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Cetacea Page 43

September 30, 2001

Montauk Fishing Trip

Sometimes I look at the condition of the boats in these Cetacea pages and wonder if the owners ever use them! Are these old classics just show boats that never see the water? Dayton, Ohio fisherman and Whaler renovator Barry Burtenshaw recently showed us his 1974 Montauk to which he added an engine setback bracket this spring. To test the new engine set up, Barry, his two sons, and a couple of friends hauled the classic Whaler to Phillip Edward Island in extreme northern Lake Huron/Georgian Bay for a week of fishing the beautiful but rocky waters of Collins Inlet, Mill Lake and Beaverstone Bay.

Where Is Phillip Edward Island?

Phillip Edward Island is pretty obscure. It is located in the extreme northern shoreline of Georgian Bay, the huge eastern one-third of Lake Huron. From the lake inland for about fifty miles there is very limited population and development, and in many places there is really no population, other than bears! Reaching this area by car means a long 50-mile ride down two lane Route-637 from the main highway. From there it is about 700 miles to Dayton. It is a long haul, but the location is beautiful and the fishing is very good.

Barry writes:

"My father-in-law has been going fishing at the same location almost every year since 1978. Last year I went again and took my boys for the first time. They had such a great time we went back this year. This time I hauled my 1974 Montauk. We stayed at Mill Lake Lodge and had a great time. Caught lots of fish. Here's a few pictures for Cetacea."


MAP: Northern Shore of Georgian Bay of Lake Huron
Phillip Edward Island in Georgian Bay
The remote northern shore of Georgian Bay includes a huge area with almost no roads. Behind Phillip Edward Island lies Collins Inlet, Mill Lake, and Beaverstone Bay.
PhotoCredit: JWH - Reference: 43-1


Photo: 1974 Whaler 17 Montauk on trailer
Montauk On the Road
A Boston Whaler 17-Montauk can be towed with a moderate sized car or van. Barry, his two boys, and two other adults, their gear, and the Montauk, were all transported 700 miles northward from Dayton, Ohio to Beaverstone Bay in this compact rig. From launch ramp at Chikanishing Creek in Killarney Provincial Park it is about a ten mile run up Collins Inlet to Mill Lake Lodge. The Montauk hauled all five fishermen and their gear up to the Lodge.
PhotoCredit: Barry Burtenshaw - Reference: 43-2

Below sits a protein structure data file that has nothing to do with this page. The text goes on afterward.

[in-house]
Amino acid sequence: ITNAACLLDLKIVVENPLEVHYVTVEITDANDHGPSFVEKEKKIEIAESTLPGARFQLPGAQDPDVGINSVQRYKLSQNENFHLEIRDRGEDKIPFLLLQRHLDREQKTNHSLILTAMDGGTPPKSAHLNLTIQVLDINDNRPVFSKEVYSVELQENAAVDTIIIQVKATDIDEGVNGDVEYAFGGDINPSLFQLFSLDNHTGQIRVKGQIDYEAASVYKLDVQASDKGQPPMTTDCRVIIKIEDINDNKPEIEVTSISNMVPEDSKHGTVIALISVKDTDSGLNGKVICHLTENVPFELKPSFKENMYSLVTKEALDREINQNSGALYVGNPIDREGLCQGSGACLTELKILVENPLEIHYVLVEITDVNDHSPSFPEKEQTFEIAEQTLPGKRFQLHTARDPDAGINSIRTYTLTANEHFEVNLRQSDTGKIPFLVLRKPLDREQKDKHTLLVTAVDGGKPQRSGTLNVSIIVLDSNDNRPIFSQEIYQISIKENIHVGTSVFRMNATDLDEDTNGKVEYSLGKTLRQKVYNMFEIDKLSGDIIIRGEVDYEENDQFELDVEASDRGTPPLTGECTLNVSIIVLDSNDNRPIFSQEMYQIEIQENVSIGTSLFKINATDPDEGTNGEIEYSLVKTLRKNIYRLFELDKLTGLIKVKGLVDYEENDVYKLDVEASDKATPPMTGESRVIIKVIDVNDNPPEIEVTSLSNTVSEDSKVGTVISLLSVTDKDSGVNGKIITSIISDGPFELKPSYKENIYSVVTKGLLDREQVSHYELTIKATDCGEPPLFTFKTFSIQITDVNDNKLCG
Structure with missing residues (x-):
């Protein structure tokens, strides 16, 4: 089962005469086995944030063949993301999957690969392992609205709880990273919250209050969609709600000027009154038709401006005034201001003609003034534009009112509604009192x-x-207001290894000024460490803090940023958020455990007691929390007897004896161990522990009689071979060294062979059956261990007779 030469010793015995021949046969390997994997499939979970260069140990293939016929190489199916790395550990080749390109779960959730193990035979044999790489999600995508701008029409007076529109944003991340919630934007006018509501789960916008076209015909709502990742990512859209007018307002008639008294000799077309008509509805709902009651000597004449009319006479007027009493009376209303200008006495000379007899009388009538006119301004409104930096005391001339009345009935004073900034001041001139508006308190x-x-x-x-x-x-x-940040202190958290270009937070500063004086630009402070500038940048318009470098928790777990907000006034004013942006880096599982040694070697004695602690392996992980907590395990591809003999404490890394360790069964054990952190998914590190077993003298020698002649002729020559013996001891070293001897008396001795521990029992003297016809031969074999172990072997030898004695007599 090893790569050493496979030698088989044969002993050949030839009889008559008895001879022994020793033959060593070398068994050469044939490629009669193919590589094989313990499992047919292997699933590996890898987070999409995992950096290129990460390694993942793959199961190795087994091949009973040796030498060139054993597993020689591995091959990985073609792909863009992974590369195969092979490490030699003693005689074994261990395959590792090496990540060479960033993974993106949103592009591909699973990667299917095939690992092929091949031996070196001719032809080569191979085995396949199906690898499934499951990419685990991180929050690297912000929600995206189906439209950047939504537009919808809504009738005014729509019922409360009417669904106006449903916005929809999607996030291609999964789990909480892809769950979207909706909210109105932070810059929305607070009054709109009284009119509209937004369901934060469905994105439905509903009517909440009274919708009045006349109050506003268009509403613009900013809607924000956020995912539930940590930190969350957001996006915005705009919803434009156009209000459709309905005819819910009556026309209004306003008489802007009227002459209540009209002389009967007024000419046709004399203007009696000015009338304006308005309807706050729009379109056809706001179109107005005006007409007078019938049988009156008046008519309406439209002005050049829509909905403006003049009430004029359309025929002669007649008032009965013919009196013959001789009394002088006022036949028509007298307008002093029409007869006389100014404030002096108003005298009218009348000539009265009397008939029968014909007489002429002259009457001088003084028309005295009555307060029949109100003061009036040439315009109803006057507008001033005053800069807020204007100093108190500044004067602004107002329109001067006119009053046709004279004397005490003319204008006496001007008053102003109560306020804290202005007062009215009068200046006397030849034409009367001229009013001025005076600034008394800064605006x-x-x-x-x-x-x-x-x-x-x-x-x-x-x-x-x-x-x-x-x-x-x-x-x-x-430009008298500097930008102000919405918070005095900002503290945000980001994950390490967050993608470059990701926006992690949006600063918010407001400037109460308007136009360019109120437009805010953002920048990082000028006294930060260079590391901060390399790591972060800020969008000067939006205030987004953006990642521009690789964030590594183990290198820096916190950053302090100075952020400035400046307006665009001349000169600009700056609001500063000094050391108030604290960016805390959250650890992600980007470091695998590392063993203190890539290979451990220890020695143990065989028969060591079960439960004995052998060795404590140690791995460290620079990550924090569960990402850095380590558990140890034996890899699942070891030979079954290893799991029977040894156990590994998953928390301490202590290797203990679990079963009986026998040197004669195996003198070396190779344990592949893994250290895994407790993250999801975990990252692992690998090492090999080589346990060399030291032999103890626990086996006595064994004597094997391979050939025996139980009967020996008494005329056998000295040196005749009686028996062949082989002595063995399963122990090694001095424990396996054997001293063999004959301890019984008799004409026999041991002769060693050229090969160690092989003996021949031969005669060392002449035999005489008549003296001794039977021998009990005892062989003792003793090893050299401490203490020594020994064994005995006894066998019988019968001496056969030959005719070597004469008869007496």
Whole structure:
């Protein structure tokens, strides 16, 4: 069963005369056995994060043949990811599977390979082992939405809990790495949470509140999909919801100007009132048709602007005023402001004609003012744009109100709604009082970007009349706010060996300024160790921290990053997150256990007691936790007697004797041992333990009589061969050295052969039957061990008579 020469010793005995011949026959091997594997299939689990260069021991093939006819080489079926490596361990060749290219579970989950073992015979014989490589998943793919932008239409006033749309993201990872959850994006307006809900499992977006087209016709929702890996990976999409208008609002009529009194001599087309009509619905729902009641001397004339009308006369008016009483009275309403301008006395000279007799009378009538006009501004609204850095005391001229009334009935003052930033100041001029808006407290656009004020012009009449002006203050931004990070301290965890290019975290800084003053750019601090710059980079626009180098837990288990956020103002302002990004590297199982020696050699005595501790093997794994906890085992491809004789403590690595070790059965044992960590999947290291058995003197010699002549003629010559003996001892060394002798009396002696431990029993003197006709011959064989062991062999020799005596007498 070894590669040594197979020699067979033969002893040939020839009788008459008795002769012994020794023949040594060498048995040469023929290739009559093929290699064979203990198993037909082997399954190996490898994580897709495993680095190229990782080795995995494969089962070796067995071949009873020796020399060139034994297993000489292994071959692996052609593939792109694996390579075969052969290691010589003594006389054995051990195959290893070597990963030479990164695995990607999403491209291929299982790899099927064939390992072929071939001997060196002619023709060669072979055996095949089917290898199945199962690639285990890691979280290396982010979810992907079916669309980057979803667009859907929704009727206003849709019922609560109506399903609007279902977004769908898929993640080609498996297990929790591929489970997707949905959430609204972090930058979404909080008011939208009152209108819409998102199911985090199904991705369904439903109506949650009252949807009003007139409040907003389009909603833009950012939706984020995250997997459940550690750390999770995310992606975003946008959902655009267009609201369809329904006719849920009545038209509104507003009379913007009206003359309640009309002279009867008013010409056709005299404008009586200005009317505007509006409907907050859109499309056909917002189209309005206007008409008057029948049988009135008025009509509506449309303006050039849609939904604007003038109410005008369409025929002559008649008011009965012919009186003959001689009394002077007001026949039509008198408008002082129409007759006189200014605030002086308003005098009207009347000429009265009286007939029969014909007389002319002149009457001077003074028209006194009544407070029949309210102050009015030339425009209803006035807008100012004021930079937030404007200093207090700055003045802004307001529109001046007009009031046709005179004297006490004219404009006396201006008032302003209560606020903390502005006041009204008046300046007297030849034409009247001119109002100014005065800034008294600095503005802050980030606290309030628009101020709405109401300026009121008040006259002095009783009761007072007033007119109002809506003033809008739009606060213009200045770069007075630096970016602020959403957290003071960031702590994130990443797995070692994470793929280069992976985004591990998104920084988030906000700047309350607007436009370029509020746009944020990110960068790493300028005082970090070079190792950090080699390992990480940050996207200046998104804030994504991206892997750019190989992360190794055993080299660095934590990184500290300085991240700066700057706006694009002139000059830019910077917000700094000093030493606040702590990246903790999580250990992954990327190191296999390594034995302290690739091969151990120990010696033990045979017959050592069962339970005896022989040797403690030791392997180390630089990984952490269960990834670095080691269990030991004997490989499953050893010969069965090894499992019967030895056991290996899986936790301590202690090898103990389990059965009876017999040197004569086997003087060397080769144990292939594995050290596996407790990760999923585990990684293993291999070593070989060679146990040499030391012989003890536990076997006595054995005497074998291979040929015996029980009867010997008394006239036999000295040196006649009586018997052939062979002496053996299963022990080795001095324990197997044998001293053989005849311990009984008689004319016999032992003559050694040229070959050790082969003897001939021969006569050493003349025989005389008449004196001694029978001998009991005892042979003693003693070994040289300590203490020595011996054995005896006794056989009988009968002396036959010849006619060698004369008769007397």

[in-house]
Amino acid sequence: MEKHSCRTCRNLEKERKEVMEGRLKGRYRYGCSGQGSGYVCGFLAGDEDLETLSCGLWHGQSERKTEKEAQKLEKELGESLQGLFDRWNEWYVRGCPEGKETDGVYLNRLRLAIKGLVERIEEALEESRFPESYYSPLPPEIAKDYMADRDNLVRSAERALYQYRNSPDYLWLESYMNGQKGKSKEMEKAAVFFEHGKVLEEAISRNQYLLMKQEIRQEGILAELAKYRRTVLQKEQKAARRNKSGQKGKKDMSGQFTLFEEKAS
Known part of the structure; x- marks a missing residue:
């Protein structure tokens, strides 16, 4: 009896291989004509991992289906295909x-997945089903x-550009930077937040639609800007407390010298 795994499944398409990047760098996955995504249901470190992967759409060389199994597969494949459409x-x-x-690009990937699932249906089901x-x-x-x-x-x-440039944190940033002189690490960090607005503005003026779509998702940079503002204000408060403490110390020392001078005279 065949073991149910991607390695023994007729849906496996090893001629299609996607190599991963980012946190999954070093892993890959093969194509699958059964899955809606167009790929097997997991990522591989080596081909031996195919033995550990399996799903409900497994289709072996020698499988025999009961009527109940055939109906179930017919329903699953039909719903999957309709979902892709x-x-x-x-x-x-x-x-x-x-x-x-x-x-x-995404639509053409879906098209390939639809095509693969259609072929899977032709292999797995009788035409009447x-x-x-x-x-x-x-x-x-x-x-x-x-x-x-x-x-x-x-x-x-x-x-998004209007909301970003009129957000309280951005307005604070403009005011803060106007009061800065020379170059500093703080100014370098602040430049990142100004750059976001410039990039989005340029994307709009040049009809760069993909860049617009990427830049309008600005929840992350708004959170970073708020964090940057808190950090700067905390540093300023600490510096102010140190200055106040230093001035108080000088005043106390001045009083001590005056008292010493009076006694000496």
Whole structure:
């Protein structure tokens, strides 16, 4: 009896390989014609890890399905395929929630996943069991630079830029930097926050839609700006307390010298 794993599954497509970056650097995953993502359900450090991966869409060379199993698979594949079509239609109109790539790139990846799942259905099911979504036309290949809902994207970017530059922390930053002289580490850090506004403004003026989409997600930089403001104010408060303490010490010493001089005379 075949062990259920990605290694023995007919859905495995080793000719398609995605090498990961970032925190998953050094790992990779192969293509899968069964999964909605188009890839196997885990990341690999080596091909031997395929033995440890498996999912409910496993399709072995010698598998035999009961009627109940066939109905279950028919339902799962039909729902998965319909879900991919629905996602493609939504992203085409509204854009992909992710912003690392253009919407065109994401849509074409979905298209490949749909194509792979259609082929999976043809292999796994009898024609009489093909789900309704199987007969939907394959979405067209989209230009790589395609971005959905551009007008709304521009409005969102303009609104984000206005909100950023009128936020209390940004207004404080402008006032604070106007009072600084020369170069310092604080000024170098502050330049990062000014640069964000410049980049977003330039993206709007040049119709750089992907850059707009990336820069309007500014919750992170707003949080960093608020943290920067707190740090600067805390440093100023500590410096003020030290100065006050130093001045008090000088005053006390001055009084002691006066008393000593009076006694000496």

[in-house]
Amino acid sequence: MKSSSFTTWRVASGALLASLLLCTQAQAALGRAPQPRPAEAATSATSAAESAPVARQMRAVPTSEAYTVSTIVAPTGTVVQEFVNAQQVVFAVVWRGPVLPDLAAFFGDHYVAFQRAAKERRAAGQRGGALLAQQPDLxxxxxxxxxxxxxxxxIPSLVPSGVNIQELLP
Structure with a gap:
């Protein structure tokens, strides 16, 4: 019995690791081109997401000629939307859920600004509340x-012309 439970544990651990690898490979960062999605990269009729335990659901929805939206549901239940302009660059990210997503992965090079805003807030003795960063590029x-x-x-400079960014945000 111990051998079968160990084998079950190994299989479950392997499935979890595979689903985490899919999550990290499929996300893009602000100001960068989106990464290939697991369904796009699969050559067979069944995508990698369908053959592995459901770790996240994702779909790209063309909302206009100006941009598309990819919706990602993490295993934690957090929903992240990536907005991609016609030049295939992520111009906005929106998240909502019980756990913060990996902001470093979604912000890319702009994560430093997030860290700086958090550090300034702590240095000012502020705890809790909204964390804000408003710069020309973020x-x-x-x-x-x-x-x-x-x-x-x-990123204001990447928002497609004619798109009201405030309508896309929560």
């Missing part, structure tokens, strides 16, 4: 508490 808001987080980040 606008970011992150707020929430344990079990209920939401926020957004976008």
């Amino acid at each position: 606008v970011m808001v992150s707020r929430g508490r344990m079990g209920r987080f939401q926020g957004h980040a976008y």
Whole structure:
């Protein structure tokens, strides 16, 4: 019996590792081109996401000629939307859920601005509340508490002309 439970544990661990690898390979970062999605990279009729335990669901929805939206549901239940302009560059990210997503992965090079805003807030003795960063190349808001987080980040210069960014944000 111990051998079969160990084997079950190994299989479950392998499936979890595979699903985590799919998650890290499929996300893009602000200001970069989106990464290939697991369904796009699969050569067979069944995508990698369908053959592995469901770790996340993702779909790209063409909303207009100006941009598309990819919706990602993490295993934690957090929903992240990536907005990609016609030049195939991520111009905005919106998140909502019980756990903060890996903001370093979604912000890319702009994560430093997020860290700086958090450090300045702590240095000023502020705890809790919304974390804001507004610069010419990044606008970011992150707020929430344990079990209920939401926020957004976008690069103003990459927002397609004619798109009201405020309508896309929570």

Photo: 1974 Whaler 17 Montauk with engine setback bracket
Fishing Beaverstone Bay
Barry and his two boys, Matthew and Daniel, fishing in Beaverstone Bay.
PhotoCredit: Barry Burtenshaw - Reference: 43-3


Photo: 1974 Whaler 17 Montauk at dock; engine has setback bracket.
Montauk at the dock at Mill Lake Lodge
When you come down to the boat in the morning and find a scene like this, you get the feeling you are going to catch some fish. Note the wooden cleats on the pier, typical in this part of Canada.
PhotoCredit: Barry Burtenshaw - Reference: 43-4


Photo: 1974 Whaler 17 Montauk ashore for lunch in Beaverstone Bay
Shore Lunch at Toad Island
After a long morning of fishing, the guys take a break and a trip ashore for lunch at Toad Island.
PhotoCredit: Barry Burtenshaw - Reference: 43-5


Photo: 1974 Whaler 17 Montauk; boy with large Walleye.
Walleye Trophy
"Matthew with a nice walleye, the only one caught this trip. He got it late in the evening in a bay right across from the lodge. We were casting spoons for northern pike."
PhotoCredit: Barry Burtenshaw - Reference: 43-6


Photo: 1974 Whaler 17 Montauk; young boy with large Northern Pike.
Learning to Fish
"Daniel, 10 years old, with a big pike. He looks pretty happy here. Especially since the day before he caught himself with musky lure. He snagged himself in the top of his thigh with one of the hooks of a treble hook. I had to force the point through the skin so I could cut the barb off to remove it. So he ended up with two holes about an inch and a half apart. Looked like he'd been bit by a big snake."
PhotoCredit: Barry Burtenshaw - Reference: 43-7


Photo: 1974 Whaler 17 Montauk with damaged outboard lower unit.
Rocky Landing
"Here's what can happen when the engine meets one of those beautiful rocks. We were headed in about 5:30 pm on the fifth day, cruising about 25 mph when we hit HARD. I tilted the engine up to check and saw that the skeg and prop were damaged. Since I was out in the middle of Beaverstone I lowered the engine down, fired it up, and headed for the dock. It still ran fine. I was able to do 23 mph at the same rpm. So I'm thinking, it can't be that bad. After I got to the dock I realized that the lower unit casing was destroyed. Fortunately I didn't scrap up the bottom of the boat. So I rented a camp boat for the next day and had my boat towed back to the launch ramp on the last day. It cost $1,800 to replace the lower unit casing and the prop. I only had to pay the $250 deductible."
PhotoCredit: Barry Burtenshaw - Reference: 43-8


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